Common
questions

Below are some of the most frequently asked questions about the practice.

What is Orthodontics

Orthodontics is the branch of dentistry that specializes in the diagnosis, prevention and treatment of dental and facial irregularities. The technical term for these problems is “malocclusion,” which means bad bite. The practice of orthodontics requires professional skill in the design, application and control of corrective appliances (such as braces or Invisalign) to bring teeth, lips and jaws into proper alignment, thus achieving facial balance.

What is an Orthodontist?

An orthodontist is a dental specialist in the diagnosis, prevention and treatment of dental and facial irregularities. Dr. Lacoursière completed a 4 year Bachelor of Science degree in Anatomy and Cell Biology at the University of Saskatchewan. He then continued his university experience in Saskatoon to complete a 5 year Doctor of Dental Degree (with distinction). To become an Orthodontic Specialist, a dentist must then complete an additional two-to-three year residency program of advanced dental education in orthodontics recognized and accredited bMediciney the Canadian Dental Association (CDA).

Dr. Lacoursière holds a  3-year Masters degrees (thesis based) from the University of Alberta. Only dentists who have completed this advanced specialty education may be referred to as an orthodontist.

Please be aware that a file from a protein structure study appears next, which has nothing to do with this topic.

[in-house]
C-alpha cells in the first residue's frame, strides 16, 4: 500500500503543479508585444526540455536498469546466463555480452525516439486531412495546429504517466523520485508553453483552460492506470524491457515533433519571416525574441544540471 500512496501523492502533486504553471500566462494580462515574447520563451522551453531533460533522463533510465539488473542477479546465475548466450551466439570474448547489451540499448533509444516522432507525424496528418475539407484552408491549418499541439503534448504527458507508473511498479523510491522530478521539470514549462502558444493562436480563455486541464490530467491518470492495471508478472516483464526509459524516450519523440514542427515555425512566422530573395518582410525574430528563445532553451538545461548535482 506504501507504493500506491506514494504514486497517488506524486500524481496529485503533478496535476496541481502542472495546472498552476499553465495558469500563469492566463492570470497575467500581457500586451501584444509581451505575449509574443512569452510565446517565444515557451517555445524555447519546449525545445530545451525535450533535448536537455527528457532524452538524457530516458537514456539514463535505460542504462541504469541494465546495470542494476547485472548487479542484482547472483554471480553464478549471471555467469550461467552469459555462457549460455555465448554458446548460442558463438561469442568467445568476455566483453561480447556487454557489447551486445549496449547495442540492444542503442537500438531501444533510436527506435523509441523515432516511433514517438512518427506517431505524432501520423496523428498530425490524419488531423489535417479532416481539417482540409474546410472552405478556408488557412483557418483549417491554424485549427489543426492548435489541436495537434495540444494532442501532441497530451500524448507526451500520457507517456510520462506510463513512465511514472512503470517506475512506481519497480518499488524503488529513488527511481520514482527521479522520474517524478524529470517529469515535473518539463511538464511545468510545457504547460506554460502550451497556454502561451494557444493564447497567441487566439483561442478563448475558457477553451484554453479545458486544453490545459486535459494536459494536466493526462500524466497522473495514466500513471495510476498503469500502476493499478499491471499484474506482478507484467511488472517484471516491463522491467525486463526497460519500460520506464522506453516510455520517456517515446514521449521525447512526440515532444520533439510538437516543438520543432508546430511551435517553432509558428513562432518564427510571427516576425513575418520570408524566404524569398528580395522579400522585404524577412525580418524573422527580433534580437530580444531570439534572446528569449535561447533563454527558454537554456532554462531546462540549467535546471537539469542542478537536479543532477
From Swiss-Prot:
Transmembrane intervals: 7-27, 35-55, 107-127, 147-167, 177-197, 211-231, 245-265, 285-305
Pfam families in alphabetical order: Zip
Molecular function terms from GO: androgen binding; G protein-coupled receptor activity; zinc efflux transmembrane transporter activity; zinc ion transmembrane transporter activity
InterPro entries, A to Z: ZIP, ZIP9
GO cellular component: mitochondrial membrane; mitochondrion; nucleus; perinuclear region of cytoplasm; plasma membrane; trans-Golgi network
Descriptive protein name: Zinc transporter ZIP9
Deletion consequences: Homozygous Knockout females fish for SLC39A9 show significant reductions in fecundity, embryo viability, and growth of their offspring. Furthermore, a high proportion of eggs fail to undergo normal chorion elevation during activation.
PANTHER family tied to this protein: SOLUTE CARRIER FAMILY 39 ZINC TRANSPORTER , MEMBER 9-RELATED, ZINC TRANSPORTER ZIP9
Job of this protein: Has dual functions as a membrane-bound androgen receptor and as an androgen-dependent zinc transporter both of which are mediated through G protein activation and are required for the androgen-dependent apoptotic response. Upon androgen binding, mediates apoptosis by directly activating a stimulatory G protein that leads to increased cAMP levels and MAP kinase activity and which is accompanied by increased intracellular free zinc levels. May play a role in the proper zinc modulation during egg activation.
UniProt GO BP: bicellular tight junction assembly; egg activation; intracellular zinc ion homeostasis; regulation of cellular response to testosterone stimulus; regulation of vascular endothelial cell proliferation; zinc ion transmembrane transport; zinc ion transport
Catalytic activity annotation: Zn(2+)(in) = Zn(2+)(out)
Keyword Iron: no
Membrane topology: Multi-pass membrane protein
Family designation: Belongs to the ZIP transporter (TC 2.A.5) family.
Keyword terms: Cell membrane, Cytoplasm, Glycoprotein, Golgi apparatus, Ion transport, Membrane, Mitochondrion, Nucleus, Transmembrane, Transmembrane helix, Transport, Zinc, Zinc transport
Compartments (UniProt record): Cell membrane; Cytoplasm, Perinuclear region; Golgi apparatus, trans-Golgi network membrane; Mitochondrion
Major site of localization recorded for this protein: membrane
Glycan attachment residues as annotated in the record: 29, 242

• Canadian Association of Orthodontists
• American Association of Orthodontists

What Causes Orthodontic Problems?

Most malocclusions are inherited, and some are acquired. Inherited problems include crowding of teeth, too much space between teeth, extra teeth, congenitally missing teeth and a wide range of differences between jaw growth and position, teeth and face. Acquired problems can be caused by trauma, thumb or finger sucking, airway obstruction by tonsils and adenoids, dental diseases and premature loss of baby or adult teeth. Many of these problems affect not only the alignment of the teeth, but facial development and appearance as well.

How Do I Know If My Child Needs Orthodontic Treatment?
It is usually difficult for you to determine whether treatment is necessary because many problems can occur even though the front teeth look straight. Some problems that look intimidating and complex may resolve on their own. Your general dentist is a good reference, but YOUR ORTHODONTIST IS YOUR BEST RESOURCE. Your initial exam is comprehensive and informative, and Dr. Lacoursière would be more than happy to see your child and make any recommendations necessary.
What are the Early Signs of Orthodontic Problems?

Although you may find it difficult to determine whether treatment is necessary, the following signs can help in prompting you to seek orthodontic advice:
– no spaces between any baby teeth;
– crowded or overlapping teeth;
– large gaps between the teeth;
– poor alignment of front top teeth with front bottom teeth;
– top front teeth that do not meet with the bottom front teeth;
– top front teeth that cover more than 50% of the bottom teeth.
If you see any misalignment or shifting of the jaw, your child may have a skeletal problem that could require early orthodontic treatment.

At What Age Should My Child See an Orthodontist?
Both the Canadian and American Associations of Orthodontists recommend that your child be evaluated by age 7. An orthodontic consult enables the orthodontist to detect and evaluate problems that exist, advise the parent on whether treatment will be necessary, and determine the best time for any treatment. Early detection of orthodontic problems is important so that early corrective action can be taken and more difficult treatment later can be avoided.